Nowadays "pitmatic" is an uncommon term in popular usage. In recent times, all three dialects have converged, acquiring features from more Standard English varieties. English as spoken in County Durham has been described as "half-Geordie, half-Teesside" (see the article about Mackem).
Melvyn Bragg presented a programme on BBC Radio 4 about pitmatic as part of a series on regional dialects. Pitmatic has rarely featured in entertainment. One of the few cases is the second episode of Ken Loach's series Days of Hope, which was filmed around Esh Winning in Durham with mostly local actors, although the lead Paul Copley has a Yorkshire accent.
Other Northern English dialects include
Ashington is a town and civil parish in Northumberland, England, with a population of 27,864 at the 2011 Census. It was once a centre of the coal mining industry. The town is 15 miles (24 km) north of Newcastle upon Tyne, west of the A189 and bordered to the south by the River Wansbeck. The North Sea coast at Newbiggin-by-the-Sea is 3 miles (5 km) away.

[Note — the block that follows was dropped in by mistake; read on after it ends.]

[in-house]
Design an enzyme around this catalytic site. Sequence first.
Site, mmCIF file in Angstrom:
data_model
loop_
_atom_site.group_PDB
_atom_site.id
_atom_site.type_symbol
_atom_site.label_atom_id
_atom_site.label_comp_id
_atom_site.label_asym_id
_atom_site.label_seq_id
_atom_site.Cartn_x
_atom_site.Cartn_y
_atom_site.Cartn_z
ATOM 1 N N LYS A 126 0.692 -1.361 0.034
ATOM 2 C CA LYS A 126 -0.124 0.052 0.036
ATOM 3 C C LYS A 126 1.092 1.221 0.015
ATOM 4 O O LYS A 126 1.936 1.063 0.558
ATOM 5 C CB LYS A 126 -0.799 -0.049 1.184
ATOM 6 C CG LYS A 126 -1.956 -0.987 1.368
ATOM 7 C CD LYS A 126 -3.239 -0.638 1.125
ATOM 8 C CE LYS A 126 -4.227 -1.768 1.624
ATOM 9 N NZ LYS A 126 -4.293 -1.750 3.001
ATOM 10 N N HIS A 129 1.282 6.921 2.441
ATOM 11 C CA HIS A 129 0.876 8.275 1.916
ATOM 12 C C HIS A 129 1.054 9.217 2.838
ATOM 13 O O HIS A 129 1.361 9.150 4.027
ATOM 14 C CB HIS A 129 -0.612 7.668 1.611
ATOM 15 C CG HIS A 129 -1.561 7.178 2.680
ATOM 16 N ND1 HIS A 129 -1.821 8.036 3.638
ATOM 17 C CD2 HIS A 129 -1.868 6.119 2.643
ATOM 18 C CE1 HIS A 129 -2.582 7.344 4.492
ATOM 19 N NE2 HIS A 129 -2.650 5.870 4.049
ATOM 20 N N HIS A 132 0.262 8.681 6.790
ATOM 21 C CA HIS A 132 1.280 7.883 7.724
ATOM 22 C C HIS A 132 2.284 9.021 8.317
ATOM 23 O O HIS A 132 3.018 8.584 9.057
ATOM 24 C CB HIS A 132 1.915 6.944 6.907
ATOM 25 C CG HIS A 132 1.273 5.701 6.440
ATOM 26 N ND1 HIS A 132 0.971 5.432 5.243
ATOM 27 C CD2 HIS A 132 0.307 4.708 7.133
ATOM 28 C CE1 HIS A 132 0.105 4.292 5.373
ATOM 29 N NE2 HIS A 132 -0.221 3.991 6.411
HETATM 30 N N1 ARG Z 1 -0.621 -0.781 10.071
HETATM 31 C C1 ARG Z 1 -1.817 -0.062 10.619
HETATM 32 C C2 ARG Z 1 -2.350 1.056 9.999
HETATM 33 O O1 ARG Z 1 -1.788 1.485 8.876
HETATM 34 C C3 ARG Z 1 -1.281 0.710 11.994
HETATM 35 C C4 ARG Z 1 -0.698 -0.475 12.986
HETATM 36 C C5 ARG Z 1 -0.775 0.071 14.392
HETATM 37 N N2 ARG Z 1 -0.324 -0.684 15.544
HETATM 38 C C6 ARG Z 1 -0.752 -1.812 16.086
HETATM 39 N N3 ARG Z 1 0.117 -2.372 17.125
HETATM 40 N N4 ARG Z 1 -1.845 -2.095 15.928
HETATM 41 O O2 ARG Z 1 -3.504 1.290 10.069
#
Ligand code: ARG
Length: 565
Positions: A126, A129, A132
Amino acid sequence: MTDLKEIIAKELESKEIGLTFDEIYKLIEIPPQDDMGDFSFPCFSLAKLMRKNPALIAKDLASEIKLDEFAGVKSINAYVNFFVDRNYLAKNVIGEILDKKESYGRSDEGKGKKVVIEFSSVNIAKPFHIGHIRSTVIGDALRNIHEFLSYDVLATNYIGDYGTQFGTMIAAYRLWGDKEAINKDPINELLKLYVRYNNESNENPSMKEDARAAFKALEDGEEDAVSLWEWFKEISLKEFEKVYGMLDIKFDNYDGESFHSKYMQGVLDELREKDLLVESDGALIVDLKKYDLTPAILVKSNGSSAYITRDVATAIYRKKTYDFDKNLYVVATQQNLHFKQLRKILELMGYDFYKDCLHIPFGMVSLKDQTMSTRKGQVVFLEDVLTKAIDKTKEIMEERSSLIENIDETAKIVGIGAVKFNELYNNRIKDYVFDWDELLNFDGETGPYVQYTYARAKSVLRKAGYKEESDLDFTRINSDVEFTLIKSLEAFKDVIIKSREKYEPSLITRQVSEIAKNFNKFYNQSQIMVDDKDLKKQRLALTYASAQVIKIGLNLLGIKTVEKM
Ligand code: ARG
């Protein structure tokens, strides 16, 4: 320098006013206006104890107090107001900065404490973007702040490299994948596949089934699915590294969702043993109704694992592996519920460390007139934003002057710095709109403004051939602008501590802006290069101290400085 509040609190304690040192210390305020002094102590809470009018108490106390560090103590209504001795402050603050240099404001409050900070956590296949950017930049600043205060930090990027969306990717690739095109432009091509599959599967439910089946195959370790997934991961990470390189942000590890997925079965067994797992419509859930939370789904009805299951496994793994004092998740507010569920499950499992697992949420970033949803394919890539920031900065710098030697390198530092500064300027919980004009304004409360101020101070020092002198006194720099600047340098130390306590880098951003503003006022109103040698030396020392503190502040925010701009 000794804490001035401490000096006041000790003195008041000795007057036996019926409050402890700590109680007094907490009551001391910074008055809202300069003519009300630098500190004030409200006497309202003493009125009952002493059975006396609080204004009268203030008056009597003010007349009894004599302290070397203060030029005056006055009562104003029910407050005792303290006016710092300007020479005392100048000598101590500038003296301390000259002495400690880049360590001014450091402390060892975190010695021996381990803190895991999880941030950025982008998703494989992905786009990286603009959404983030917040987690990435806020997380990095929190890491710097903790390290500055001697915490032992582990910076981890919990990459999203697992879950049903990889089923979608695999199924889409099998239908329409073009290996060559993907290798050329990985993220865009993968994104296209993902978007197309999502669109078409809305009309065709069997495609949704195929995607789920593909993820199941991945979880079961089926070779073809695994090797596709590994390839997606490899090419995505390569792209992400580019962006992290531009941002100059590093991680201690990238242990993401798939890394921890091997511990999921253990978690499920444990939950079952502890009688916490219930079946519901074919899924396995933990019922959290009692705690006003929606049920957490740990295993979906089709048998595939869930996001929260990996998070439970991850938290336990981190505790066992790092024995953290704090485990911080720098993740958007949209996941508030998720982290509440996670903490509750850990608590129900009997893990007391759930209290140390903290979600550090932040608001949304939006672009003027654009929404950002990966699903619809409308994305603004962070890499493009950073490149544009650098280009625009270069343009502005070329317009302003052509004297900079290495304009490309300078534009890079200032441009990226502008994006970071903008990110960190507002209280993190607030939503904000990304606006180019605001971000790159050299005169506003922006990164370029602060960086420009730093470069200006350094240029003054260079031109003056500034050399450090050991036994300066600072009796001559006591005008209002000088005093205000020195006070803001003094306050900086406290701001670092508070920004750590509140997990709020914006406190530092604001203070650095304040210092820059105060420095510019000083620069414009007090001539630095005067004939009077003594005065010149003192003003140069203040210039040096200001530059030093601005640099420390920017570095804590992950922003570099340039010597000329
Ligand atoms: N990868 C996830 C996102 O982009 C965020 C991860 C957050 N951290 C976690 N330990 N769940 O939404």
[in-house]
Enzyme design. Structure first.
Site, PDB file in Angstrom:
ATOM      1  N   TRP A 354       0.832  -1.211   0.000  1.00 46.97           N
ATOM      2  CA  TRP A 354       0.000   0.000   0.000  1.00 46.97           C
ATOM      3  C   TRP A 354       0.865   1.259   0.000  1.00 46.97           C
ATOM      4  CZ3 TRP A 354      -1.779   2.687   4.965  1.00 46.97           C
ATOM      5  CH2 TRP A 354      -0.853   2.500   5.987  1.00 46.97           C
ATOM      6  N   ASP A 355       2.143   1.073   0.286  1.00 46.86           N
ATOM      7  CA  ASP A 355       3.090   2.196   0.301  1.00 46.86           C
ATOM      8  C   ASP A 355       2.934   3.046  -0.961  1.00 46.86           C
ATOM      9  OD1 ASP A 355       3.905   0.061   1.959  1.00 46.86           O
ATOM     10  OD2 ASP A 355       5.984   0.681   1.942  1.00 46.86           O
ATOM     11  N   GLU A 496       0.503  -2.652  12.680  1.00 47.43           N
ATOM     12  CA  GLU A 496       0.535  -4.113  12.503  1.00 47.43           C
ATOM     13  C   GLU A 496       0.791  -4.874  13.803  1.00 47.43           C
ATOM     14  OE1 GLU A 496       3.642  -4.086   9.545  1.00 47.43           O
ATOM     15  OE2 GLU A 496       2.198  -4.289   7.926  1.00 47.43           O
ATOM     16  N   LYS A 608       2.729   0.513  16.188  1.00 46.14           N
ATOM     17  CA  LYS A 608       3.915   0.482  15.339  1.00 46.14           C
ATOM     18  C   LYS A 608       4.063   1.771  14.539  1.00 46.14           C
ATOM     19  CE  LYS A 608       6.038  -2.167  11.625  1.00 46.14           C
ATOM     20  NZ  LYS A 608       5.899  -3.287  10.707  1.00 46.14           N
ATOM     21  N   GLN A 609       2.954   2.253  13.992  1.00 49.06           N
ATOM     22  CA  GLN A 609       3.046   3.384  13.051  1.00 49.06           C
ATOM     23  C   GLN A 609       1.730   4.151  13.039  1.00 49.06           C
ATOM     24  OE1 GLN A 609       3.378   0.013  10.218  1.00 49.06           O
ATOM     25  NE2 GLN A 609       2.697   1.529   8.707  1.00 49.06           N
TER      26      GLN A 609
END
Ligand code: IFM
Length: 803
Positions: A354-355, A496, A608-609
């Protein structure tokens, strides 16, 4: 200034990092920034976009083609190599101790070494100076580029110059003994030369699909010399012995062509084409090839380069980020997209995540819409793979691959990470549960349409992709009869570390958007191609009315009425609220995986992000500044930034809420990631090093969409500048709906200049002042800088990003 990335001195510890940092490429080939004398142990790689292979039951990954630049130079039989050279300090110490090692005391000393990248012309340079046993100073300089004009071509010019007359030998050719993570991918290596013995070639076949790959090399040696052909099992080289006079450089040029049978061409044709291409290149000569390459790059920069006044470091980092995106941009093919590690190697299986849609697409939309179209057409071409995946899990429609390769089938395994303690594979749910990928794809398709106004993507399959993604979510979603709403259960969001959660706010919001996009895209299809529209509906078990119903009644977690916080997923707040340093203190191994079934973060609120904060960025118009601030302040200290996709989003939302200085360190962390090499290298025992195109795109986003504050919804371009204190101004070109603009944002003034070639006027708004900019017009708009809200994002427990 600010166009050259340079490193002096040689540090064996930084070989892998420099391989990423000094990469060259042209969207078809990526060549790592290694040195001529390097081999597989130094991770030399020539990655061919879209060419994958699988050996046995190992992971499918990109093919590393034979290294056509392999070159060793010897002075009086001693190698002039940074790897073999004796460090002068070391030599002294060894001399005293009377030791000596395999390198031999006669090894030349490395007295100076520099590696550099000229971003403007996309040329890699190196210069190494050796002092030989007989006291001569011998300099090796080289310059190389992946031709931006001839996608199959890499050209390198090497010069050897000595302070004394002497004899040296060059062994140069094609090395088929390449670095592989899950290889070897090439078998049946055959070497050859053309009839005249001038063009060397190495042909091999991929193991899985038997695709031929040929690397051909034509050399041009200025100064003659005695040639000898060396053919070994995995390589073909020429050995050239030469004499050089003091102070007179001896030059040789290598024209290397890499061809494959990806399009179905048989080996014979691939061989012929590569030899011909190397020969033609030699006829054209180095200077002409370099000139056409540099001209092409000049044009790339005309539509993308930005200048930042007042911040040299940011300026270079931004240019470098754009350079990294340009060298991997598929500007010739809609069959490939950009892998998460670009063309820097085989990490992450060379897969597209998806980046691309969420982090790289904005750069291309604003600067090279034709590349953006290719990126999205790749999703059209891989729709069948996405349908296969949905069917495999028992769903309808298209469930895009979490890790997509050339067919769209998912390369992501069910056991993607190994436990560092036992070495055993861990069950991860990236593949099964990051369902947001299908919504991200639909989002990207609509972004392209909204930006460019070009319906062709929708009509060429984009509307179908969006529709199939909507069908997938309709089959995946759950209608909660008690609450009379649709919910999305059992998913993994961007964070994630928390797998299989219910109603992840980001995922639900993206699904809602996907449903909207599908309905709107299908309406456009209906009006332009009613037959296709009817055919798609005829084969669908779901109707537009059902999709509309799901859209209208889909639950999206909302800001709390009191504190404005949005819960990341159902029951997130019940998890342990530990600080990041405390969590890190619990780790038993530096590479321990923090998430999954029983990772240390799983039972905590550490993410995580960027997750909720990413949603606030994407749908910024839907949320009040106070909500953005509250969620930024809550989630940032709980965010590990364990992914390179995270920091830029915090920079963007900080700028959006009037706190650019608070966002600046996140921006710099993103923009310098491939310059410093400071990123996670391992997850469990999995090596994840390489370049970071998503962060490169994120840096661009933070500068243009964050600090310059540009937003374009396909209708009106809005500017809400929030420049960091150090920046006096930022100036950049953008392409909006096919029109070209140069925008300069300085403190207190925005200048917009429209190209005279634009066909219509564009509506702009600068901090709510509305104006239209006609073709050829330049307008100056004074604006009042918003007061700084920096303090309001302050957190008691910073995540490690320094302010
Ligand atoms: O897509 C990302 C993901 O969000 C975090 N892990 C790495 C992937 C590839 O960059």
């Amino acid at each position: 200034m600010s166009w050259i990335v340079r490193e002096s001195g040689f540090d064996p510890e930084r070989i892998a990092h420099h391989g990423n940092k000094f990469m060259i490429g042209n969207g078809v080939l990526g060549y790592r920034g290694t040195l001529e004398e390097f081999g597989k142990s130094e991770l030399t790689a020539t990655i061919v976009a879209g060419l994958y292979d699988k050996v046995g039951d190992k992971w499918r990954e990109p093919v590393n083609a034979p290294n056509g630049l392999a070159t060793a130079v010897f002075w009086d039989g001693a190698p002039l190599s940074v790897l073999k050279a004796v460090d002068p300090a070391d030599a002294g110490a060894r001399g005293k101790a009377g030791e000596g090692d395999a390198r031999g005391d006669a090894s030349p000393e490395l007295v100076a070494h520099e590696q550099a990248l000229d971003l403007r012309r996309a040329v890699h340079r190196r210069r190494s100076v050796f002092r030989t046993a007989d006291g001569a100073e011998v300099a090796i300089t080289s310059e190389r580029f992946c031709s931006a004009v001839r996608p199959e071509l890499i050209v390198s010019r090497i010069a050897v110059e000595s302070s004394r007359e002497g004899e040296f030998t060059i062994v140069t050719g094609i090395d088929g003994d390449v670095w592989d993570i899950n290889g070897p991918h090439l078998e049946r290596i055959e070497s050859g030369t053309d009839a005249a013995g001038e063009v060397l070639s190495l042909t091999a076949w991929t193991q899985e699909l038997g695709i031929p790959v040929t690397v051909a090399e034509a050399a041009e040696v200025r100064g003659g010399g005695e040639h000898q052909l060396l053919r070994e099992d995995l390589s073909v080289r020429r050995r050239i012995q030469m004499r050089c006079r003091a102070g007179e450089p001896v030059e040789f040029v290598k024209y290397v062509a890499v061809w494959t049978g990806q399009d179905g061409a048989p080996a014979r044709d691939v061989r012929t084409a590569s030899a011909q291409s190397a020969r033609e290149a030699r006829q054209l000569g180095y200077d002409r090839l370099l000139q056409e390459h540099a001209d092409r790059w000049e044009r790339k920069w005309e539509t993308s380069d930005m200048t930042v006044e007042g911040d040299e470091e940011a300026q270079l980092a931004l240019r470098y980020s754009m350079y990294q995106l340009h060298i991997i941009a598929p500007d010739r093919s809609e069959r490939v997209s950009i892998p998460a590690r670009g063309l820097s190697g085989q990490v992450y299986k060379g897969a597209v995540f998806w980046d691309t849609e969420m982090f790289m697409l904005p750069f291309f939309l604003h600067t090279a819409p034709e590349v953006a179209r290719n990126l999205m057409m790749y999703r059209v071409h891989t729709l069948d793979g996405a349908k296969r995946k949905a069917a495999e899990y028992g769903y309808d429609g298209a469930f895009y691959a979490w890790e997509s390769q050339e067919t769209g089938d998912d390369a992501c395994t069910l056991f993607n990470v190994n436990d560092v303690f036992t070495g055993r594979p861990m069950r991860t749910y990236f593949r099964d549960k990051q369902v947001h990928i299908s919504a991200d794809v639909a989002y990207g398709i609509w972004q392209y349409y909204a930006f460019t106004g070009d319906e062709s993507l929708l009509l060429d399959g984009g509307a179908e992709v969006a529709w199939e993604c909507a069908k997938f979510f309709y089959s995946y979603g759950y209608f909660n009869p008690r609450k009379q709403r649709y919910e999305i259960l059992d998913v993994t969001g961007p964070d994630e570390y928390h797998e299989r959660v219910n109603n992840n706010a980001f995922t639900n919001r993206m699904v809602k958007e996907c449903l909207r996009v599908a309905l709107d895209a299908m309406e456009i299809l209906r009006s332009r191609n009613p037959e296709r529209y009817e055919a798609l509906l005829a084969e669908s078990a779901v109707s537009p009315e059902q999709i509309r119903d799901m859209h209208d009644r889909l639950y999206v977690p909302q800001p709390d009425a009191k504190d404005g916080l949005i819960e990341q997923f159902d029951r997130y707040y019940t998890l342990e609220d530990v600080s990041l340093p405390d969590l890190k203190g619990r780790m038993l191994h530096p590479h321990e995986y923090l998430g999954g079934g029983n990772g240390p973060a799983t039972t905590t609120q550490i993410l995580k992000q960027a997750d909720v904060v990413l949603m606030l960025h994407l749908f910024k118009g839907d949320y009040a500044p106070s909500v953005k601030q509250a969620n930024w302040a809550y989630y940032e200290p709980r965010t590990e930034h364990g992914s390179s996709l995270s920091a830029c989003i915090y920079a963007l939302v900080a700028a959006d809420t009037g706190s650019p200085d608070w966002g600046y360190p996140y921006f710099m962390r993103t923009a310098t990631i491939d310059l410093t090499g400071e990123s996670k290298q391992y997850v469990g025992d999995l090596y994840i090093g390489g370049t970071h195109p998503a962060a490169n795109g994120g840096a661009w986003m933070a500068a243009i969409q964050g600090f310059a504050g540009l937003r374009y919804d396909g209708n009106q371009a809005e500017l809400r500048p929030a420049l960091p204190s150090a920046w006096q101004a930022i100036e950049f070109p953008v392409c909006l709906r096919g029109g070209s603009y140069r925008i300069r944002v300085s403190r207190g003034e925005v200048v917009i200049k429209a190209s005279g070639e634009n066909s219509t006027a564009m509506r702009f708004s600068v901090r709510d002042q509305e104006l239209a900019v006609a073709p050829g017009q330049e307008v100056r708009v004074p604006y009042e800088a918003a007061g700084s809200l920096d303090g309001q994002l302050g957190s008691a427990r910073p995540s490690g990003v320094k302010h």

Many inhabitants have a distinctive accent and dialect known as Pitmatic. This varies from the regional dialect known as Geordie.Bill Griffiths
Bill Griffiths (20 August 1948 – 13 September 2007) was a poet and Anglo-Saxon scholar associated with the British Poetry Revival.Bobby Thompson (comedian)
Robert Michael "Bobby" Thompson (18 November 1911 – 16 April 1988) was a stand-up comedian, actor and entertainer from Penshaw, Sunderland. Although he was raised in Penshaw, he also lived in Great Lumley and Barley Mow, near Chester-le-Street, later moving to Whitley Bay.David John Douglass